Figures 18 and 19 show, respectively, the total energy consumption and the average energy consumption per successfully delivered packet.

Taking into account the total energy consumption (Figure 18), 27% of energy can be saved compared with no aggregation and up to 13% compared with unicast aggregation. For the no aggregation scenario, we can also see that the total energy consumption stagnates and reaches a maximum because the network becomes congested. For the unicast and broadcast aggregation scenario, this maximum is expected somewhat later.

When we take a look at the energy per successfully delivered packet (Figure 19), we can see that up to 38% of energy can be saved compared with no aggregation and up to 19% compared with unicast aggregation.

From the figures, we see that the total energy reduction is much lower than the total transmit energy reduction. The reason can be found in the used MAC protocol and can be seen in Figure 20 that shows the energy distribution of broadcast aggregation in terms of transmit energy, idle listening energy, receive energy, and sleep energy. We can see that much energy is lost due to idle listening.

A detailed overview of the energy contributions in Figure 20 can be found in Figures 21 to 23.

In Figure 21, we can see that the idle listening time reaches a maximum in the no aggregation scenario. This can be explained by the used MAC protocol and the load. First, the number of sent packets increases, so the number of sent beacons also increases and nodes are longer awake. As a consequence, the time spent on idle listening, and thus the resulting energy consumption, increases. However, from a certain point, the time spent on idle listening will decrease since part of this time will be used to transmit/forward/receive the increasing amount of packets. This behavior is also expected for unicast and broadcast aggregation, but since the amount of traffic increases slower since more packets are aggregated, this point will occur at bigger traffic rates.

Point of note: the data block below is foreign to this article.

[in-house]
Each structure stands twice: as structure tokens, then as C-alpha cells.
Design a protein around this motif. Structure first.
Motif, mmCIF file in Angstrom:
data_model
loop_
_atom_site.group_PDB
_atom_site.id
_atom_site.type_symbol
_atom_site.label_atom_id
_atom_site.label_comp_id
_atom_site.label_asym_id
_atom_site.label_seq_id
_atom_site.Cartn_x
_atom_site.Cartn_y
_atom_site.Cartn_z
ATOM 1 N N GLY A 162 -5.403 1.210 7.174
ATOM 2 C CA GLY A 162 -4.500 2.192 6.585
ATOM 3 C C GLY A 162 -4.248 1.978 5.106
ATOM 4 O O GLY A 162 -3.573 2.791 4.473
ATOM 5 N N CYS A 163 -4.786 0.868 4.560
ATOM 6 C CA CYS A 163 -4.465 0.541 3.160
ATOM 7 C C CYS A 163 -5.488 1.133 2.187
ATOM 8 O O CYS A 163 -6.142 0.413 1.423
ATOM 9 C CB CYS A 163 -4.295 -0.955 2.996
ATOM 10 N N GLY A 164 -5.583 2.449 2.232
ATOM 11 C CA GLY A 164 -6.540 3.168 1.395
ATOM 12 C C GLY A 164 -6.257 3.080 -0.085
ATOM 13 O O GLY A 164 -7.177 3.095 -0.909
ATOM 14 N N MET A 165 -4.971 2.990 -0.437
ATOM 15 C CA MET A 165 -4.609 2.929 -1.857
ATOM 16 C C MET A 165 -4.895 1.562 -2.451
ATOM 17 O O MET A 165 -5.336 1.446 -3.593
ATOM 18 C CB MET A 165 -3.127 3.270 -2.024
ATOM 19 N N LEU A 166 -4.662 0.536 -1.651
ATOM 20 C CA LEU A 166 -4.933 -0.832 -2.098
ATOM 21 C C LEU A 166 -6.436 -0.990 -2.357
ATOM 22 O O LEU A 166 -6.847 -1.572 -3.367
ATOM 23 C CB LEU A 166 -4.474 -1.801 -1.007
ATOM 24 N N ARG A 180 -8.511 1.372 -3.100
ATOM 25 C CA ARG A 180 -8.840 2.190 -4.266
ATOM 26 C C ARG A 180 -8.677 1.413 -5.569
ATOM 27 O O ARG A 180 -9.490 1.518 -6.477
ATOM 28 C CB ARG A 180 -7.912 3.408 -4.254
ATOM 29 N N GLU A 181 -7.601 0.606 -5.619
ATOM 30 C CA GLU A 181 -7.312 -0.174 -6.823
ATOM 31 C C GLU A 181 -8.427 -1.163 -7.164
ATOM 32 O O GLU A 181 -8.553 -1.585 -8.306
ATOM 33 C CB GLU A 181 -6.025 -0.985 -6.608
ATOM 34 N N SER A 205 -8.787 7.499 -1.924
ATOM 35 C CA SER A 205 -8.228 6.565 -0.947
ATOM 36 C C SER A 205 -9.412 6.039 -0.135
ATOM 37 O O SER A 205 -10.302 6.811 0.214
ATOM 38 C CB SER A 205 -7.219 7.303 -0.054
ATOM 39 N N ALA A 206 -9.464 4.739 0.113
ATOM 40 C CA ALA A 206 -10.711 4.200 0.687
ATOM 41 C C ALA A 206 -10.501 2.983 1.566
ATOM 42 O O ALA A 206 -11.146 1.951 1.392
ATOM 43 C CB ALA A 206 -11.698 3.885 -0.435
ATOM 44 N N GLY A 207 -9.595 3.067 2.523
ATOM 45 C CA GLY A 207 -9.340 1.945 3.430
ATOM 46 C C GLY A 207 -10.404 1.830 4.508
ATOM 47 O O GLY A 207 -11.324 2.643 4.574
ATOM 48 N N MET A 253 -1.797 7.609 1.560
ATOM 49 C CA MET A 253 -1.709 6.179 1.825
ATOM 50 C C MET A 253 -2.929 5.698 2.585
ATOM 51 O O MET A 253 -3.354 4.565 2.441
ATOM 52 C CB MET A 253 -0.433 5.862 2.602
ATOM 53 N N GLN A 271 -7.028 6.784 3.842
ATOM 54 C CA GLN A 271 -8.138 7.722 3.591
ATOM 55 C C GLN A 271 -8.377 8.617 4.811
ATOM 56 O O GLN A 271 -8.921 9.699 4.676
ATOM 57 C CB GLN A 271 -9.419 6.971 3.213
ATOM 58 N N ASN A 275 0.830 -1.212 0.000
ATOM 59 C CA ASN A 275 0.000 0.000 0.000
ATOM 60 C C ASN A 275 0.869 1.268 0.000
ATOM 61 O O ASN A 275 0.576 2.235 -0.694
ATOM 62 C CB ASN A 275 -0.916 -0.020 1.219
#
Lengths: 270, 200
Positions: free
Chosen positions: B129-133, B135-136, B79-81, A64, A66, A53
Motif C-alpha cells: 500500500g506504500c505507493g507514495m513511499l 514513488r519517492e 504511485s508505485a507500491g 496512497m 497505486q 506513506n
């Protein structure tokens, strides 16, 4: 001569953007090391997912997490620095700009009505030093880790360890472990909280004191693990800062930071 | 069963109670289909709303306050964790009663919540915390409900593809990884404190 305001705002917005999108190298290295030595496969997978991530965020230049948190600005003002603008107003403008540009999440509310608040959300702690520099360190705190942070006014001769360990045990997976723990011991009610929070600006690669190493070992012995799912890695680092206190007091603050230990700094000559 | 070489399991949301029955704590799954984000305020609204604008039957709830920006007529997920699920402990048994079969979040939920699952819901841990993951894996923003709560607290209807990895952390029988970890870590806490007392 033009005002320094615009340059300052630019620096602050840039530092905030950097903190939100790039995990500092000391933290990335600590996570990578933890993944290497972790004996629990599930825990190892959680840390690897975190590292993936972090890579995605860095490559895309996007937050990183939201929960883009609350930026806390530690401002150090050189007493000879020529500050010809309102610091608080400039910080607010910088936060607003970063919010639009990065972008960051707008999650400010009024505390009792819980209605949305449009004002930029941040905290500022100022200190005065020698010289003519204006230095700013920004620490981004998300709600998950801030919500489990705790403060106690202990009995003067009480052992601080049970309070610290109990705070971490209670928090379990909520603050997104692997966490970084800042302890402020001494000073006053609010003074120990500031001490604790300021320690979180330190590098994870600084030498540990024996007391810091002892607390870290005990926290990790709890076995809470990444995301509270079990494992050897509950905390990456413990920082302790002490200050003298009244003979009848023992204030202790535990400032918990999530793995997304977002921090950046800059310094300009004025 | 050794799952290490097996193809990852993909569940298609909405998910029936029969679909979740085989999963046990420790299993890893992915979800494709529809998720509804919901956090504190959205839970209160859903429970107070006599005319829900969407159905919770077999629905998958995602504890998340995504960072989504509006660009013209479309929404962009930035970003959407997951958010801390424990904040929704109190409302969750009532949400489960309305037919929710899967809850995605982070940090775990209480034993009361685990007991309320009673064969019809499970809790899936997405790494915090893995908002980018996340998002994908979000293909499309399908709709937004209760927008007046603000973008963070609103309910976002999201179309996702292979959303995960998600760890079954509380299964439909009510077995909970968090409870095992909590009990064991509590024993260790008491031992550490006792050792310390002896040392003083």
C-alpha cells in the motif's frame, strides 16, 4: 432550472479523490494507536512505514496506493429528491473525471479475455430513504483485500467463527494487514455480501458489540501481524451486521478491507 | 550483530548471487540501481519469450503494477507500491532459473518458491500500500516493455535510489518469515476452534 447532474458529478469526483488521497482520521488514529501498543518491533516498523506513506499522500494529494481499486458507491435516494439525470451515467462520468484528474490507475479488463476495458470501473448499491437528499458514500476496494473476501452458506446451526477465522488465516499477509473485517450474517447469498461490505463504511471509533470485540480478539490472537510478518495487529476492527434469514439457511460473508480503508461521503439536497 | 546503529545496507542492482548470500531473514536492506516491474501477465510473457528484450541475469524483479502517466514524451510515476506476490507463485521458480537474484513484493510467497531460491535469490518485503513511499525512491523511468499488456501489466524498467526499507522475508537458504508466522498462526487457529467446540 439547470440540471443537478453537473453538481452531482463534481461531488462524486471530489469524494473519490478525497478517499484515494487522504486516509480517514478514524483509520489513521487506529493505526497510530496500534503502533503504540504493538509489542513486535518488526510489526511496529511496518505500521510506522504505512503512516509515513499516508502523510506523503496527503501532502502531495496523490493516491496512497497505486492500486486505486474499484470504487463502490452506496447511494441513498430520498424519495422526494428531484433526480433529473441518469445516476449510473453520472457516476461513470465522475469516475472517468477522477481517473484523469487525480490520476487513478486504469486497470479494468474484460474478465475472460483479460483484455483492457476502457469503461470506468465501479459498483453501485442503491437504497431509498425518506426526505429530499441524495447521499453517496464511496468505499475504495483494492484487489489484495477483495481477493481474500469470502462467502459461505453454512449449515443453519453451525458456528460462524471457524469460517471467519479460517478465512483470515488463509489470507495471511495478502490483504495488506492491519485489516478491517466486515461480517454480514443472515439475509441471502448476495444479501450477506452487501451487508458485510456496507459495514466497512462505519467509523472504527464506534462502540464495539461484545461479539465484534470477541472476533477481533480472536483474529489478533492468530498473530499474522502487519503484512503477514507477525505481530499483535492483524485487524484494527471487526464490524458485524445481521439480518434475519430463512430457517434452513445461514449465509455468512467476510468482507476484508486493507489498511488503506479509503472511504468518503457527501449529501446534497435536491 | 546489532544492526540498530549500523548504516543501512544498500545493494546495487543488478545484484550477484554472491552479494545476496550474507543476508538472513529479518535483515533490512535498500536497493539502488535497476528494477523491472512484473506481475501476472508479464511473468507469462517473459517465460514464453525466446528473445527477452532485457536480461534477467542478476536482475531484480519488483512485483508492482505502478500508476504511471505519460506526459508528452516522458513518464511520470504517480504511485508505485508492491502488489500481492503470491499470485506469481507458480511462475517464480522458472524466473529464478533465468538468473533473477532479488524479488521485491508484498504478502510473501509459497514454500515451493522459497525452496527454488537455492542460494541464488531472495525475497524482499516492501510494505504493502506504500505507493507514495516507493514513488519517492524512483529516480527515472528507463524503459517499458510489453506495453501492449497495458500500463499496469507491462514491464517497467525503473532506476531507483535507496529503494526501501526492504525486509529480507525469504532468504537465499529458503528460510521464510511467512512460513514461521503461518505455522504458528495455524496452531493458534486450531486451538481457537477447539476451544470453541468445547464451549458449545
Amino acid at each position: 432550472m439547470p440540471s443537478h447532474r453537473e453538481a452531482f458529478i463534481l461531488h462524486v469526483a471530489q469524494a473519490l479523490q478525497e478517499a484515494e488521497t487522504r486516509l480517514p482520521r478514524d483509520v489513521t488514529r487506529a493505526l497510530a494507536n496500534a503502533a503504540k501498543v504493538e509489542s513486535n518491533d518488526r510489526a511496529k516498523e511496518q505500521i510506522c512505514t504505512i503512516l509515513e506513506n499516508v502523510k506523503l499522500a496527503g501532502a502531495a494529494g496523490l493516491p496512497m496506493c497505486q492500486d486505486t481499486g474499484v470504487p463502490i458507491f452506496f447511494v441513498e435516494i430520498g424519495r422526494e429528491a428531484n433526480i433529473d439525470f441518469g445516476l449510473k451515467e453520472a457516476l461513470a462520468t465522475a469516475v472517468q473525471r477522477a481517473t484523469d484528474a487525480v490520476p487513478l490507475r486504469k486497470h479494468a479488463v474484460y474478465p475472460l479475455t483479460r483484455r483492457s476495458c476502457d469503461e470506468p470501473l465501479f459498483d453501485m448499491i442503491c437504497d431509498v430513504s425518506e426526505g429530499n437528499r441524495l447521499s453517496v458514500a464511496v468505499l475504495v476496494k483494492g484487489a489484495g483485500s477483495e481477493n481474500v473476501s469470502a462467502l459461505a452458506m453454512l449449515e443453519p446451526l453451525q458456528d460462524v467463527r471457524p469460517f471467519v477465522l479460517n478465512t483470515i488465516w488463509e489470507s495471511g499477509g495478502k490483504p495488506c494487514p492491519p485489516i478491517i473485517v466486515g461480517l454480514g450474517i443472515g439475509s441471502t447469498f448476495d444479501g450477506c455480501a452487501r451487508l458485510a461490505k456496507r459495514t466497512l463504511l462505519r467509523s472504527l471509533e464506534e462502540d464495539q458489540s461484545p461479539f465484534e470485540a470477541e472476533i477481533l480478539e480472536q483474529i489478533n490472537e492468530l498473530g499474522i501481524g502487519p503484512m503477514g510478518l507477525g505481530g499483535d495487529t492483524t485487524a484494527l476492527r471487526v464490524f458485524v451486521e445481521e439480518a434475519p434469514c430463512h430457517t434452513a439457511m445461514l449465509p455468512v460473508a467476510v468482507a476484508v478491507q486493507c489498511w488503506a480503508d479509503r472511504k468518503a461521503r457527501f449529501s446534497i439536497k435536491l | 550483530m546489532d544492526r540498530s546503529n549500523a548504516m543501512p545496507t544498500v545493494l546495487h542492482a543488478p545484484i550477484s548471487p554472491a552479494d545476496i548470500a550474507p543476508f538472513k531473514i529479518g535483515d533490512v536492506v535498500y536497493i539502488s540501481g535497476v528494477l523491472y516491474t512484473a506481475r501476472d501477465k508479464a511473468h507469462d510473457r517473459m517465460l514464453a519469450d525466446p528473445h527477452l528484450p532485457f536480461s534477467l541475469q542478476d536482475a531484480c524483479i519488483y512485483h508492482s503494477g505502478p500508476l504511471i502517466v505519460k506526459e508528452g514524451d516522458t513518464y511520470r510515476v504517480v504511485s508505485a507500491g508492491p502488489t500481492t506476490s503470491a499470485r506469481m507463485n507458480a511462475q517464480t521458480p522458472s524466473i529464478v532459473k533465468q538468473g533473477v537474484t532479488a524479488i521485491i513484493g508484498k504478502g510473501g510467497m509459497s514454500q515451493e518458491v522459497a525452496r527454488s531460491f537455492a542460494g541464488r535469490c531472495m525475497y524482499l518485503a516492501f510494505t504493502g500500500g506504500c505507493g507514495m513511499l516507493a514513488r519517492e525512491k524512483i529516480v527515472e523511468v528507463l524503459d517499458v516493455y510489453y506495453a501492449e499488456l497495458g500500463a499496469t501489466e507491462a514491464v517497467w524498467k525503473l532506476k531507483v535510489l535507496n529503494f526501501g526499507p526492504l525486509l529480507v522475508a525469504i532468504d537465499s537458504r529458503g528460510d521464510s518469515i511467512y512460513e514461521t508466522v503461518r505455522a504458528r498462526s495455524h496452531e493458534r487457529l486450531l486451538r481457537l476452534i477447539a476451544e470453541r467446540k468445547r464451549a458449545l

Figure 22 shows the total receive energy consumption. This is the energy consumed by receiving both beacons and data, even the data that is not destined for this node.

Finally, Figure 23 shows the total amount of energy that is consumed by sleeping. Both from Figures 22 and 23, we can see that broadcast aggregation seems to perform worse than unicast aggregation starting from an average traffic rate of 21 packets/min. This is however not true since lost packets are not taken into account. Unicast aggregation leads to more lost packets which are not routed. This results in less received energy consumption and more sleep energy consumption.

5. Conclusion and Future Work

In-network aggregation is a very efficient way to reduce energy consumption in wireless sensor networks. However, the traditional unicast-based in-network aggregation only works well for source-to-sink traffic. When there are multiple destinations, as is the case in the Internet of Things, aggregation becomes slower, delay increases, reliability drops, and energy consumption increases.

In this paper, we propose to use broadcast aggregation as a solution to overcome these drawbacks. We have shown that broadcast aggregation reduces the average queue occupation with 2 (of the 15 available) places, which leads to fewer packet drops. This leads on its turn to a throughput and reliability increase up to 23% compared with no aggregation and up to 15% compared with unicast aggregation. Moreover, we have shown that packets become less dependent of the individual timeouts per destination which reduces the drawbacks of partial aggregation.